Middle East Forum

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Middle East Forum
Abbreviation MEF
Motto Promoting American Interests
Formation 1990
Type Foreign Policy Think Tank
Daniel Pipes
Website meforum.org

The Middle East Forum (MEF) is a American conservative[1] think tank founded in 1990 by Daniel Pipes, who serves as its president.[2] MEF became an independent non-profit organization in 1994. It publishes a journal, the Middle East Quarterly.

The Forum's actions include combatting lawful Islamism, protecting the freedom of public speech of anti-Islamist authors, activists, and publishers, and working to improve Middle East studies in North America.

Based on a belief that the United States has vital interests in the region of the Middle East, according to the organization, they advocate strong ties with Israel and other democracies as they emerge; work for human rights throughout the region; seek a stable supply and a low price of oil; and promote the peaceful settlement of regional and international disputes.[3]

The Middle East Forum, a 501(c)3, has established the Legal Project to protect researchers and analysts who work on the topics of Islam and related topics from lawsuits designed to silence their exercise of free speech and to discuss key issues of public concern.[4] The Legal Project aided Geert Wilders' legal defense when he faced a criminal indictment for his views in 2009.[5]

Mission statement[edit]

The mission of the Middle East Forum is defined in "About the Middle East Forum" on the organization's website as follows:[6][3]

The Middle East Forum promotes American interests in the Middle East and protects Western values from Middle Eastern threats.

The Forum sees the region — with its profusion of dictatorships, radical ideologies, existential conflicts, border disagreements, corruption, political violence, and weapons of mass destruction — as a major source of problems for the United States. Accordingly, we urge bold measures to protect Americans and their allies.
In the Middle East, we focus on ways to defeat radical Islam; work for Palestinian acceptance of Israel; develop strategies to contain Iran; and deal with the great advances of anarchy.

At home, the Forum emphasizes the danger of lawful Islamism; protects the freedoms of anti-Islamist authors, activists, and publishers; and works to improve Middle East studies.

Publications and projects[edit]

Middle East Quarterly[edit]

The Middle East Quarterly (MEQ) is a quarterly journal devoted to Middle Eastern affairs. It was founded in 1994 by Daniel Pipes and the current editor is Efraim Karsh, Research Professor and former Director of Middle East and Mediterranean Studies at King's College London. [1]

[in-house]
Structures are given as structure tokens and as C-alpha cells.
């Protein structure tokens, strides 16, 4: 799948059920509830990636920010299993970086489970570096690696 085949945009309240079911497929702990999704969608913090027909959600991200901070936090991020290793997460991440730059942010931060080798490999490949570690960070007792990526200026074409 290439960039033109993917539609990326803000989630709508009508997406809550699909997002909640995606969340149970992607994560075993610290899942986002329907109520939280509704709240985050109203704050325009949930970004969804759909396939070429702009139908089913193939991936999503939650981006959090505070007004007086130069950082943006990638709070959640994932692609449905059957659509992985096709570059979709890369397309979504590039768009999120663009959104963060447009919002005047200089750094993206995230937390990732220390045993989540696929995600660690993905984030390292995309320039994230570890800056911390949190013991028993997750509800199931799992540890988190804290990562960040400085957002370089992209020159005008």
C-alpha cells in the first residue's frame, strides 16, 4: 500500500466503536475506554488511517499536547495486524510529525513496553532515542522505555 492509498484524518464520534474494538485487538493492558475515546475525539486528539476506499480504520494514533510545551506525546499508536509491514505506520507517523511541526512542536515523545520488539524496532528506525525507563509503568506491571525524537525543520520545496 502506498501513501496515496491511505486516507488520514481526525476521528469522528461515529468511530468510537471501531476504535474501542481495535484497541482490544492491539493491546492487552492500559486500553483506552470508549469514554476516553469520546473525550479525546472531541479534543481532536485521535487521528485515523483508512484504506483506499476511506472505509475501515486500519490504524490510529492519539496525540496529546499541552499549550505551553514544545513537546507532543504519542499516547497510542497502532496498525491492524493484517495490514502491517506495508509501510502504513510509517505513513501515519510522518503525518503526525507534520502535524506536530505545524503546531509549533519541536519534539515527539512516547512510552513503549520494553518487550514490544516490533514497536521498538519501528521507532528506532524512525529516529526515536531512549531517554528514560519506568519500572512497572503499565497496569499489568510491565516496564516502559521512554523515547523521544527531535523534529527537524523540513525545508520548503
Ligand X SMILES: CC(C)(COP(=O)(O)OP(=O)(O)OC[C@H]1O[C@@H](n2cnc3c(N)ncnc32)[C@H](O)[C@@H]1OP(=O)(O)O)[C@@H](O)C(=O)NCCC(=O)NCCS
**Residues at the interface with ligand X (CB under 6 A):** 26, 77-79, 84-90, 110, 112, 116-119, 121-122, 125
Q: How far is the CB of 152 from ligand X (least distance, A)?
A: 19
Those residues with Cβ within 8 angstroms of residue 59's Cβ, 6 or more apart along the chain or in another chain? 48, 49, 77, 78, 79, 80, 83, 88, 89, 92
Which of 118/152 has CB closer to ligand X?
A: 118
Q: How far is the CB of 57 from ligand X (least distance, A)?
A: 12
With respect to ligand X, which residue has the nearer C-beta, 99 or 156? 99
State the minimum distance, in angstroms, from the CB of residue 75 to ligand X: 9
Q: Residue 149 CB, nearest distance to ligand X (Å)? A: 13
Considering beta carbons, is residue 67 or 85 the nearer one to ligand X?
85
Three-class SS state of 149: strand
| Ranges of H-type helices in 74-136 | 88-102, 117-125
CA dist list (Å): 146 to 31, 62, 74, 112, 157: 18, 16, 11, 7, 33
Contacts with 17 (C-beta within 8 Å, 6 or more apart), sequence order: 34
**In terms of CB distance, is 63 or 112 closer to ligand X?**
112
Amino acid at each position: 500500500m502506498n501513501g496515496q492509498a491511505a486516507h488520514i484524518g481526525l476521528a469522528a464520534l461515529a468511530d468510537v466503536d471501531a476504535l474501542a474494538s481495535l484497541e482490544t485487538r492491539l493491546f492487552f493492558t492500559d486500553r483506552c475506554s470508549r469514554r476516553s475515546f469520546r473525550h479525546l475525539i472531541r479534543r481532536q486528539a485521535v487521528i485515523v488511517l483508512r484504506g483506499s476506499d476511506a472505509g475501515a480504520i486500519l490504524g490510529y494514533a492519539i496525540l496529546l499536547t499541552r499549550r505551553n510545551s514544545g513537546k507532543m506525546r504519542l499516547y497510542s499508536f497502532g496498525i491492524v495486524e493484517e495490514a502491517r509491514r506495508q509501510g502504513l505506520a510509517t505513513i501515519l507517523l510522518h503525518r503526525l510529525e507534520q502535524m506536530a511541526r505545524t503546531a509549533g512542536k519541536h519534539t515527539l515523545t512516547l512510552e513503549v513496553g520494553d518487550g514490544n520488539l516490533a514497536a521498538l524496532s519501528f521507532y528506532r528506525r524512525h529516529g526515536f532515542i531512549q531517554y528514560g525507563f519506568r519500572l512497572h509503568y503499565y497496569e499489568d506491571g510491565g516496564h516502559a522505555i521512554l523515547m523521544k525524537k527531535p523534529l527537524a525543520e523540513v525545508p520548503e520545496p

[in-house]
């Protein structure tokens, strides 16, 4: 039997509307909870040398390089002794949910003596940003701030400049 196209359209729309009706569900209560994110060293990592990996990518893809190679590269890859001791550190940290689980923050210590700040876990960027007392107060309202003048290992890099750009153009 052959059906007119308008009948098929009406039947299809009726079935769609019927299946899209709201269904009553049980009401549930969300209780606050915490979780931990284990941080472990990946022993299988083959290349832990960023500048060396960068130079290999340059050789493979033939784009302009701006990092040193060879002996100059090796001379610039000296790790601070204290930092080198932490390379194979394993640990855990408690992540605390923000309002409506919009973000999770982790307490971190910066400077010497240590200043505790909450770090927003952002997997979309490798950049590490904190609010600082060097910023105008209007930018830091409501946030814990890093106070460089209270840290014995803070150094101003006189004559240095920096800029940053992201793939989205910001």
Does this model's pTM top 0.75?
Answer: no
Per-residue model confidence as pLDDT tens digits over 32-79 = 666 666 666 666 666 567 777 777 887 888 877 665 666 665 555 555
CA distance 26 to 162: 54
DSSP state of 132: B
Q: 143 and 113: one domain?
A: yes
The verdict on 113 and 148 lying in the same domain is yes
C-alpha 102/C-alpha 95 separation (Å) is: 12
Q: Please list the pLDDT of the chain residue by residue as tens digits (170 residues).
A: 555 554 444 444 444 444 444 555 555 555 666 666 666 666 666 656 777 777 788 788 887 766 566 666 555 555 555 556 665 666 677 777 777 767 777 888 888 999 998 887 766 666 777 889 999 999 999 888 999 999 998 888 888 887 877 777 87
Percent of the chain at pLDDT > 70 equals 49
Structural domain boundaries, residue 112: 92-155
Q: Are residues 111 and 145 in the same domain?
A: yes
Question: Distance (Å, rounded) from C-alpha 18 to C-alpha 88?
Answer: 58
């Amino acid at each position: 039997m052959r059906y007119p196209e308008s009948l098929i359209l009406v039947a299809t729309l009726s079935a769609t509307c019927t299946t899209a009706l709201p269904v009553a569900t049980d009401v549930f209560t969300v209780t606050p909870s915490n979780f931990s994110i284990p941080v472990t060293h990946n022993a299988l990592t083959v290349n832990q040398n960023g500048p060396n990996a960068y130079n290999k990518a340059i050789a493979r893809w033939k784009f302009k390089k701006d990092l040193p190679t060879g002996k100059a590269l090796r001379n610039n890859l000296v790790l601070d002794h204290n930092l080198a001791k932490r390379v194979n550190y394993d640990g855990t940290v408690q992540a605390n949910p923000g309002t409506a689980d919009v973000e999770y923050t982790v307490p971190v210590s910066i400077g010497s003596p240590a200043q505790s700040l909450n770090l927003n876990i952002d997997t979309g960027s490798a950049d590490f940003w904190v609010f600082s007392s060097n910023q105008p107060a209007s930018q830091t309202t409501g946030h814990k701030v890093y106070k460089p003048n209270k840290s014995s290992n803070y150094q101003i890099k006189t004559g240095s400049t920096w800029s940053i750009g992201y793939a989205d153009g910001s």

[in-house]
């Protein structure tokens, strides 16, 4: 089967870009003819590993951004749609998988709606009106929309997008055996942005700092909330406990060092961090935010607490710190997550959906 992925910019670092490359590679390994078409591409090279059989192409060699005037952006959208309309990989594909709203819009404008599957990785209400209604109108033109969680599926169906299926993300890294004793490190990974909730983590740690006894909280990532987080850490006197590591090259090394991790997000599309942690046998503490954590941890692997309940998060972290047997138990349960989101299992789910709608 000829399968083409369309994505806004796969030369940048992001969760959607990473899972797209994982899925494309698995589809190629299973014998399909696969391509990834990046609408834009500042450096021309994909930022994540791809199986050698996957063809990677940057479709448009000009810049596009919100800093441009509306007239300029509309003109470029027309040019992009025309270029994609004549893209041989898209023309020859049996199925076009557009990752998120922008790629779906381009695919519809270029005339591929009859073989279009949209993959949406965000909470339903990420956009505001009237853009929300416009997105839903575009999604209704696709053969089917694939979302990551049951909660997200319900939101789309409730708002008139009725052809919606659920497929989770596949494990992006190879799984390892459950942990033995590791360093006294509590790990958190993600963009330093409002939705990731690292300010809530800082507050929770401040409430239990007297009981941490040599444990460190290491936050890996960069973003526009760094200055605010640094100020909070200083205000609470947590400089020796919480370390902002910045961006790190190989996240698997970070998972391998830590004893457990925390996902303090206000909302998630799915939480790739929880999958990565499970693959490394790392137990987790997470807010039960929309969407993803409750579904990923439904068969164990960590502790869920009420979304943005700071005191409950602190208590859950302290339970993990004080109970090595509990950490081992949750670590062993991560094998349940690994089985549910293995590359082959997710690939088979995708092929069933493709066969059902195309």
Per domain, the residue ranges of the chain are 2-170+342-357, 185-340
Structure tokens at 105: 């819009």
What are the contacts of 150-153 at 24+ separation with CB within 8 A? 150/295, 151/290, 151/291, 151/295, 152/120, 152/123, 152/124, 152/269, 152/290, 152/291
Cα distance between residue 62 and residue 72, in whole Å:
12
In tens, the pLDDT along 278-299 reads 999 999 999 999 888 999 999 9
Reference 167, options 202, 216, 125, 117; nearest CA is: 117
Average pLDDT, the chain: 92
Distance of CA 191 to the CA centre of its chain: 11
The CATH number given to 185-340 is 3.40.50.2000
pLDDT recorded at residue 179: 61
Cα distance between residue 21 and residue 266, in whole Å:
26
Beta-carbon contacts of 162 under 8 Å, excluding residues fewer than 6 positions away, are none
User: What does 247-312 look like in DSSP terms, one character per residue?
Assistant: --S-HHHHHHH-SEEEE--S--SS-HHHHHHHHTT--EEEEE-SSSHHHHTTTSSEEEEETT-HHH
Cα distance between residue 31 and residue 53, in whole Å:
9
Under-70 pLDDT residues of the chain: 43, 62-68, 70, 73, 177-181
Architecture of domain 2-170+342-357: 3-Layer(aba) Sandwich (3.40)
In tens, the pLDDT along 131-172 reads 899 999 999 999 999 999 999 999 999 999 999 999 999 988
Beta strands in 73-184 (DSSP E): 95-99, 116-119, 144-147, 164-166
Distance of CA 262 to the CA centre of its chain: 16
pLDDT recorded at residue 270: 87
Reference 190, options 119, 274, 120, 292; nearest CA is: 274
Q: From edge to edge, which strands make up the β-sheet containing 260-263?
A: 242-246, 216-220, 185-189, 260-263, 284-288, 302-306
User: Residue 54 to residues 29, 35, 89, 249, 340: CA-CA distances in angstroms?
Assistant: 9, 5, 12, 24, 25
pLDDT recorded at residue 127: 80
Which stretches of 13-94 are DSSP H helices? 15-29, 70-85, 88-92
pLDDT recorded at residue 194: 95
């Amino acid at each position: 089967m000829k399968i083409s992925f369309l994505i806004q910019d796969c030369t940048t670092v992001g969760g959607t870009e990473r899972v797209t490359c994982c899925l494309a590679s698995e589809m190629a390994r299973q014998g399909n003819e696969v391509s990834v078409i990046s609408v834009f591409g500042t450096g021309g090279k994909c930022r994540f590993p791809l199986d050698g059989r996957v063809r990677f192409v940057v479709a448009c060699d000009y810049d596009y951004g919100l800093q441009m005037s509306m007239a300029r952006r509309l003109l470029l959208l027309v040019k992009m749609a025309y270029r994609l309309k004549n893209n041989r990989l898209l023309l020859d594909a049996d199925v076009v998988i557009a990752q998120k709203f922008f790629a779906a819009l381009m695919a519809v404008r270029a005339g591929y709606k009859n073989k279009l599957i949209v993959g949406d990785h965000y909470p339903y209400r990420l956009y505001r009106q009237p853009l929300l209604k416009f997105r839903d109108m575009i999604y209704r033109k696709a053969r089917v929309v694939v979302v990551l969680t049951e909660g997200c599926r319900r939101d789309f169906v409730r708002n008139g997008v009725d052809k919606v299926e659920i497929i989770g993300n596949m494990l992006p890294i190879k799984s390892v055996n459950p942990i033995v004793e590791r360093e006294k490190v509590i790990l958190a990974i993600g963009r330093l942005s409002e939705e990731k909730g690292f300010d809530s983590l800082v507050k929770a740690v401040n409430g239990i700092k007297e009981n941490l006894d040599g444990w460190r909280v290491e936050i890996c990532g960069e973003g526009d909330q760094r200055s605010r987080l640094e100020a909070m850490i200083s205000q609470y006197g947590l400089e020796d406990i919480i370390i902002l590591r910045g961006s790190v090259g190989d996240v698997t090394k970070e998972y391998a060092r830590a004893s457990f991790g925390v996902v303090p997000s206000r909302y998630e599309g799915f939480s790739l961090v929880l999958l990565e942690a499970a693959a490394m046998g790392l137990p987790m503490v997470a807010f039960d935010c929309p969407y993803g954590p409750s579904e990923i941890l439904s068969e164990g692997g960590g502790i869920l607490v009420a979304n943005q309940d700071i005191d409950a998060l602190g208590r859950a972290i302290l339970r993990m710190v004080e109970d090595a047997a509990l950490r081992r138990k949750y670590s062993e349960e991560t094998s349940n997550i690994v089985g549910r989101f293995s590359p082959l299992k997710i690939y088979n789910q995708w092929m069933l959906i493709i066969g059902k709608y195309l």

According to Middle East Quarterly's website, "policy-makers, opinion-makers, academics, and journalists" consult MEQ "for in-depth analysis of the rapidly-changing landscape of the world's most volatile region." The journal also seeks to publish "groundbreaking studies, exclusive interviews, insightful commentary, and hard-hitting reviews that tackle the entire range of contemporary concerns – from politics to economics to culture, across a region that stretches from Morocco to Afghanistan."[7]

Middle east quarterly.jpg

Campus Watch[edit]

In 2002, the Middle East Forum initiated the Campus Watch program and identified what it finds to be the five major problems in the teaching of Middle Eastern studies at American universities: "analytical failures, the mixing of politics with scholarship, intolerance of alternative views, apologetics, and the abuse of power over students."[8] Winfield Myers is the current director of Campus Watch (2007).[9]

Initially, Campus Watch published a list of problematic instructors, which led some professors to accuse Campus Watch of "McCarthyesque" intimidation; in protest, more than 100 other academics asked to be listed too.[10] Subsequently, Campus Watch removed the list from its website.[11][12]

Islamist Watch[edit]

On April 21, 2006, the Middle East Forum launched Islamist Watch, a project that Islamist Watch states it "combat[s] the ideas and institutions of nonviolent, radical Islam in the United States and other Western countries. It exposes the far-reaching goals of Islamists, works to reduce their power, and seeks to strengthen moderate Muslims." Islamist Watch seeks to educate the government, media, religious institutions, the academy, and the business world about lawful Islamism. It focuses on the political, educational, cultural, and legal activities of Islamists in the United States and, to a lesser degree, in other historically non-Muslim countries, especially Western Europe, Canada, and Australia.[13]